Sunday, December 1, 2013

Three Strikes

Newspapering in the 21st century is a precarious position, and a reporter who's growing up in the shadow of his late father, one of the last of the great roving investigative journalists, doesn't have it any easier. The thinned-out modern version of the craft he practices makes it even more difficult to live up to the accomplishments of someone who worked when news, newsgathering and news consumption were still considered important parts of the U.S. political and cultural arena.

So Chris Turley knows he's "lucky" to be near a building explosion and able to both save people and report on it when the building blows up while he's waiting to meet a source. The source doesn't show, but opportunity does, and it begins to send Chris up the ladder of journalistic prominence. The source offers another anonymous tip that brings front page work for him, but it also starts to bring the attention of law enforcement at both local and federal levels. Is Chris doing more than just report the news? And when the source turns out to have plans of his own, will Chris's next byline be in the obituaries?

Rosenfelt offers a little commentary on the role of media as his reporter character quickly becomes the story instead of reports on it -- modern news media has at least as much to do with entertainment as it does information and many of its highest-profile practitioners owe more to their profiles than their practice. But his story is jumbled and clich├ęd, his villain's abilities more than a little preposterous and his "shocking twist" pretty obvious from early on. He gives Wire a healthy helping of wry through Chris and his newsroom colleagues in a way that rings pretty true, but the flaws with the basic story outline and implausibility issues send him to an interior page behind the real estate ads.
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With The Chalk Girl, Carol O'Connell's signature character Kathy Mallory became a little less quirky and a little more annoying, as did O'Connell's story about her. In the new It Happens in the Dark, things go pretty much completely off the rails. O'Connell seems to lose control of her plot, characters and storyline early on and never regains it. Mallory herself is less of a character in the story than a cipher the other characters react to -- usually in awe or fear or moonie puppy-dog crush.

The story concerns a murder -- or is it? -- at the performance of a play, happening on a night which followed someone else in the audience dying. Mallory has to investigate the weird world of actors, playwrights, critics, stagehands and producers, and her notable lack of patience for ordinary folks is stretched thin by the eccentric theater crowd. Stir in a decades-old mystery surrounding a family murdered in their home, and you have a knot that Lt. Columbo would have looked at and said, "I'm putting in for vacation."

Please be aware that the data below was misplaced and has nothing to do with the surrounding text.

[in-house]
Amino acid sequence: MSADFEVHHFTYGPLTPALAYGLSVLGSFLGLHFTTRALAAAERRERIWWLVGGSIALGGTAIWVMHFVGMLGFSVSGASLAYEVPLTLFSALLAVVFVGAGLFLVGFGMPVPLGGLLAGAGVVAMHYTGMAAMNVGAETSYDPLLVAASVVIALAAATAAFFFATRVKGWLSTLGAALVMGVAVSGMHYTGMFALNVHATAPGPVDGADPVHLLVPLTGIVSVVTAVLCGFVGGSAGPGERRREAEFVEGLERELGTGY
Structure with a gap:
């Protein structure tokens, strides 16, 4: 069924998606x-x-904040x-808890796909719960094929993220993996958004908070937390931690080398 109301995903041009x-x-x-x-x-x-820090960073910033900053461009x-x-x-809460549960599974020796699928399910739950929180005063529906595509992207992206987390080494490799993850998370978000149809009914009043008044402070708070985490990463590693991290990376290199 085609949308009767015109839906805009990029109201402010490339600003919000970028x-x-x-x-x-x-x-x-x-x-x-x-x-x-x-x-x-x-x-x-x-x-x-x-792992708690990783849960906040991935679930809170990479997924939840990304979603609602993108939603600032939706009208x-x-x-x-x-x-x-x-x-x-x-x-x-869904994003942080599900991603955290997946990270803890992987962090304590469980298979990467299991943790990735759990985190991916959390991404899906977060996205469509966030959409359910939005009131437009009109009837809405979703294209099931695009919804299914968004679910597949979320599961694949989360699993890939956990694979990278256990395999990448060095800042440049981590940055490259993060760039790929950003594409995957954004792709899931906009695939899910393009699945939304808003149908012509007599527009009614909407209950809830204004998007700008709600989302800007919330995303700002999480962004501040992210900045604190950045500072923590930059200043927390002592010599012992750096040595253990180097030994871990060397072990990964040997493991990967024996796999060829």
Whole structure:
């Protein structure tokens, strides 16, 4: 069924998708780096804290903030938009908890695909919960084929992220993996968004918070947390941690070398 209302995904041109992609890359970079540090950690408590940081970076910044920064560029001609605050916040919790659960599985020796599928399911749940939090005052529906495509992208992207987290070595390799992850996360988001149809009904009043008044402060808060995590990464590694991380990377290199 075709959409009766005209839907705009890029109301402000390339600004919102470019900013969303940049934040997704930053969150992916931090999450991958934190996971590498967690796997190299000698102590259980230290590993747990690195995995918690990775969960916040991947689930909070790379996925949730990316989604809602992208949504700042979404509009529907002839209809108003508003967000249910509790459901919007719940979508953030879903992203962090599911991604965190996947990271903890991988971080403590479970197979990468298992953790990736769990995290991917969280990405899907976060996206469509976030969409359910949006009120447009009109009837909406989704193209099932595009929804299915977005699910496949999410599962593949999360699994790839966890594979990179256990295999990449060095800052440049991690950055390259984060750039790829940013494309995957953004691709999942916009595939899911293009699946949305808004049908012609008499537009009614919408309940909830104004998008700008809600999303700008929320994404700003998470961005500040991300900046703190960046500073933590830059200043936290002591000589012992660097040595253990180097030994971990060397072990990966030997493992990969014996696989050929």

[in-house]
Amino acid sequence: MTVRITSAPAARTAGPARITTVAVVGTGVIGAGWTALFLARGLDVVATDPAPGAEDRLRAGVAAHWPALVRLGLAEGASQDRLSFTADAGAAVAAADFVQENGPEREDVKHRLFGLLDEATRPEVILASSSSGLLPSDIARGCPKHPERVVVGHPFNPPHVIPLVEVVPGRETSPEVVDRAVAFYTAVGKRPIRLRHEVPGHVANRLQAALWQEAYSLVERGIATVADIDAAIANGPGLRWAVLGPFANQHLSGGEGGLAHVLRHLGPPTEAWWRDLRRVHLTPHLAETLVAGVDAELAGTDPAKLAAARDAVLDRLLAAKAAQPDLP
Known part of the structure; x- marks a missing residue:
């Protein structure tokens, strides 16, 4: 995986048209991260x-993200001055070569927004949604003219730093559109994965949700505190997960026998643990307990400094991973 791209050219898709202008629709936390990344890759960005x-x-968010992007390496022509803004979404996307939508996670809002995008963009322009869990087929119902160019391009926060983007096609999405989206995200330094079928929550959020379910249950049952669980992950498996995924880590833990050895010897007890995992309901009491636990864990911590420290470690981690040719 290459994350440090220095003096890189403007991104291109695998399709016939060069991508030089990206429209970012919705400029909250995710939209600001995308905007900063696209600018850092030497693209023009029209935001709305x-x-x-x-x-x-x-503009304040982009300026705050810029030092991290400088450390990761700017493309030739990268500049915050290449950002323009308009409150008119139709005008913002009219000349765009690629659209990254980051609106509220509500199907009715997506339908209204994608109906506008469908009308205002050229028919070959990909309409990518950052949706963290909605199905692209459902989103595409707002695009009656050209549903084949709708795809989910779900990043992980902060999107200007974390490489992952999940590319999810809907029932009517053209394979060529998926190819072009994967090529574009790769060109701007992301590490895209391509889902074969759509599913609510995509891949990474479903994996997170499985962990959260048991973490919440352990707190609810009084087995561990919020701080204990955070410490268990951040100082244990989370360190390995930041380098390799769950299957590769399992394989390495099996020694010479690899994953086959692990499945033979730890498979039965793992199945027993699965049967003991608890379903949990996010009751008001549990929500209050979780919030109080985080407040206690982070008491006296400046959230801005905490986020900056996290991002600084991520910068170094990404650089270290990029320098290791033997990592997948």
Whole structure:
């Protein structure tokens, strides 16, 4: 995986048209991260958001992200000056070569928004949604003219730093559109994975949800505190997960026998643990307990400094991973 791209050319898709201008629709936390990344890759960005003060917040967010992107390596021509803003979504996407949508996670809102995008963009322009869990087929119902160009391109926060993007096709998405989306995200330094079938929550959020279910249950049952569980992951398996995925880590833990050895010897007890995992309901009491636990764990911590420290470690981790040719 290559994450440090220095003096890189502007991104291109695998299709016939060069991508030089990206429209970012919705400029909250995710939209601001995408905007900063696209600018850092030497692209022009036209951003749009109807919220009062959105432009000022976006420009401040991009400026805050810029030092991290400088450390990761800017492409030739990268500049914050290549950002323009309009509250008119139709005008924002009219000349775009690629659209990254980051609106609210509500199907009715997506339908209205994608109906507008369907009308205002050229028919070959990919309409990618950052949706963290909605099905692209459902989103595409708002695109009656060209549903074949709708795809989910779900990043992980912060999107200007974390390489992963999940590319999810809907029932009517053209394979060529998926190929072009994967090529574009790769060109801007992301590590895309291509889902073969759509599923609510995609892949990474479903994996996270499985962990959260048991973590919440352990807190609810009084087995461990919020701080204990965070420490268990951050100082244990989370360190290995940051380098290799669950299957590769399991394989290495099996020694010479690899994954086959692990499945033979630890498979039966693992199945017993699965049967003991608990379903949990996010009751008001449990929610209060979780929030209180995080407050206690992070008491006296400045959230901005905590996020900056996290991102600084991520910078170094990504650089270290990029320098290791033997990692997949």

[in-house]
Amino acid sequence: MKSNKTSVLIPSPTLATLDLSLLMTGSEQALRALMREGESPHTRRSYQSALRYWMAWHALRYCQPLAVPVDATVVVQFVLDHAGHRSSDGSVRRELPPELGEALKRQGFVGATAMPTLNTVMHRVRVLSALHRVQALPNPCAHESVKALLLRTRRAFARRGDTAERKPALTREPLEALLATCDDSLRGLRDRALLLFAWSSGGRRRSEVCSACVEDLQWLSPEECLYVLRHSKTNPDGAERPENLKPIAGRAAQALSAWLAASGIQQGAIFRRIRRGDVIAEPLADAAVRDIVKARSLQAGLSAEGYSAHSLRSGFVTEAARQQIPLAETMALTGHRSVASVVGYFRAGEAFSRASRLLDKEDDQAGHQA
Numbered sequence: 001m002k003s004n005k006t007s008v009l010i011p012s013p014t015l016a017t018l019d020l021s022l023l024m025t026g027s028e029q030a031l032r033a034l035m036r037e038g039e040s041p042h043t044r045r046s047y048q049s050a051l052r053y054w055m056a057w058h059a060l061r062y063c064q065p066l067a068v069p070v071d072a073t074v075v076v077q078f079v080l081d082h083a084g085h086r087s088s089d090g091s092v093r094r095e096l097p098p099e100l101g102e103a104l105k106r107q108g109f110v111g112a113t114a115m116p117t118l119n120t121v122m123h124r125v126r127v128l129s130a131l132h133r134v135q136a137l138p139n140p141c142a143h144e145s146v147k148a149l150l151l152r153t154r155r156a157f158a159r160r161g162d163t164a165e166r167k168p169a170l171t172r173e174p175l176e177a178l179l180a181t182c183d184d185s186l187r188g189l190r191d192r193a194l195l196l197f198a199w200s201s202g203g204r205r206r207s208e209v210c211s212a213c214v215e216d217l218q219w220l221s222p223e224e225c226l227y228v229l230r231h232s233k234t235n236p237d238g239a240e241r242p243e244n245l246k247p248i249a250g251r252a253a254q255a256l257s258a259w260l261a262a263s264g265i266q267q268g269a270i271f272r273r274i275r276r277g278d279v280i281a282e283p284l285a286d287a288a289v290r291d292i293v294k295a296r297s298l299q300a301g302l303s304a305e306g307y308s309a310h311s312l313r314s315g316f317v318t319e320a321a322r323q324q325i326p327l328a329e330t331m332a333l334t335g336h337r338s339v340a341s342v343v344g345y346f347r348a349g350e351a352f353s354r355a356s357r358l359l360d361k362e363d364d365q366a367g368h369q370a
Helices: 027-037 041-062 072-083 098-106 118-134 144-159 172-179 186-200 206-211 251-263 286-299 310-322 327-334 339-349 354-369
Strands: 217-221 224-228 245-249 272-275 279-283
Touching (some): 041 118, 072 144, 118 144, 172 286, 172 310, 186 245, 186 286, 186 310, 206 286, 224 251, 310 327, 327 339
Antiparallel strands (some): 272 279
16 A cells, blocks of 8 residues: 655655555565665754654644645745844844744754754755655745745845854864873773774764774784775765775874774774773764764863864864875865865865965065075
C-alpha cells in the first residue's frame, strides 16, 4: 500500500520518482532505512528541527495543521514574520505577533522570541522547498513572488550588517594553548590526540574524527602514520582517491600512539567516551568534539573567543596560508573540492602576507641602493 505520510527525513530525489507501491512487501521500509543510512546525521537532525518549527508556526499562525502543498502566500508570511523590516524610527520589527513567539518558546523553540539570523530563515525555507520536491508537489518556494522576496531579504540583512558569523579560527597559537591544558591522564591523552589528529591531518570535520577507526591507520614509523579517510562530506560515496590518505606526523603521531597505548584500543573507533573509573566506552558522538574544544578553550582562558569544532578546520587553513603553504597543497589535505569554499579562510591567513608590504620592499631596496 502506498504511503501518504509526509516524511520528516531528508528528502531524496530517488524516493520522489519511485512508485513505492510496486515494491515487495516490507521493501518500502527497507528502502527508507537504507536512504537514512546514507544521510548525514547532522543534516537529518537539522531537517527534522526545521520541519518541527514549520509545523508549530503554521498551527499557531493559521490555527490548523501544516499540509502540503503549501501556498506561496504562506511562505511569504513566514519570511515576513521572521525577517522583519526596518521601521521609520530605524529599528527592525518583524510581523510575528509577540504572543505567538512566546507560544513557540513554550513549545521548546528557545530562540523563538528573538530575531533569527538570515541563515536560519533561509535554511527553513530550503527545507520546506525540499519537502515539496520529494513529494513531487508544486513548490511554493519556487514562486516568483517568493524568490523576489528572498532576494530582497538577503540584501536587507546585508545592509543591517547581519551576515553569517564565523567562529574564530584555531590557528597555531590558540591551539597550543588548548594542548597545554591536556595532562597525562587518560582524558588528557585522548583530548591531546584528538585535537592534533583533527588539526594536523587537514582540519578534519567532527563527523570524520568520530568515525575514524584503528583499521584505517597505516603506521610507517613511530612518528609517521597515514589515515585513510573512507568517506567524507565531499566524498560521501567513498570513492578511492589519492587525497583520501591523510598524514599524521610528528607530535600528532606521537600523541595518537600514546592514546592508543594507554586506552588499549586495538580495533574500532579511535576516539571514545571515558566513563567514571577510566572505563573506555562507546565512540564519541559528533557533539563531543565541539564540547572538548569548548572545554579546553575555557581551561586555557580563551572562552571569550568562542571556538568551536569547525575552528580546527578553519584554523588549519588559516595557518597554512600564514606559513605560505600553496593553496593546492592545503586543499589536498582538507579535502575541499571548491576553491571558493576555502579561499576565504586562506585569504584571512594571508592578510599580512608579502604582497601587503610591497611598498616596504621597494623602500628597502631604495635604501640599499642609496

A half-dozen rereads are required to know what goes on every dozen pages, and the payoff is meager enough to be worthy of very little of that work. Mallory fans showed a lot of disappointment with Chalk Girl, and it's hard to imagine O'Connell winning many of them back with the gooey mess she offers in Happens.
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Fortunately for thriller writers, history has no shortage of mysterious circumstances surrounding well-known figures, and the abundance allows for some variety in their central conspiracy/cover-up/espionage whatever. Englishman Scott Mariani takes on some of the questions surrounding the early death of famed composer Wolfgang Amadeus Mozart in his second Ben Hope novel, The Mozart Conspiracy.

Ben is a former British special forces soldier who now makes a living as a sort of principled mercenary and security specialist. He will take on some pretty rough jobs, but only when the lives of innocents are at stake -- at which point all bets for the perpetrators are off. When the sister of an old Army buddy calls him saying she thinks her brother's death wasn't the accident everyone claims and that someone now seems to be targeting her, Ben will be drawn in to a shadowy world where a cabal of wealthy power-players seek to expand their reach -- and protect it from prying eyes. Does the buddy's book project -- an investigation into Mozart's death -- have something to do with the plot? And will the forces that seemed aligned against the composer now target Ben?

Mozart is strictly paint-by-numbers thriller writing. It edges out Dan Brown by having better writing and less inaccuracy, but Mariani basically changes Mozart to MacGuffin and skips any chance to weave the world of music, composition and history into his story. The Army buddy was a pianist and his sister sings opera, but they could have had any other jobs and affected the plot not at all.

The rote characterizations, rote recitations of those in the shadows moving the levers of political power and threatening those who would expose them, rote scenery and rote action set pieces do almost nothing to help The Mozart Conspiracy convince a reader to take more time with Ben Hope thrillers, and the nasty ending Mariani tacks on wrecks whatever minor goodwill he may have built up.

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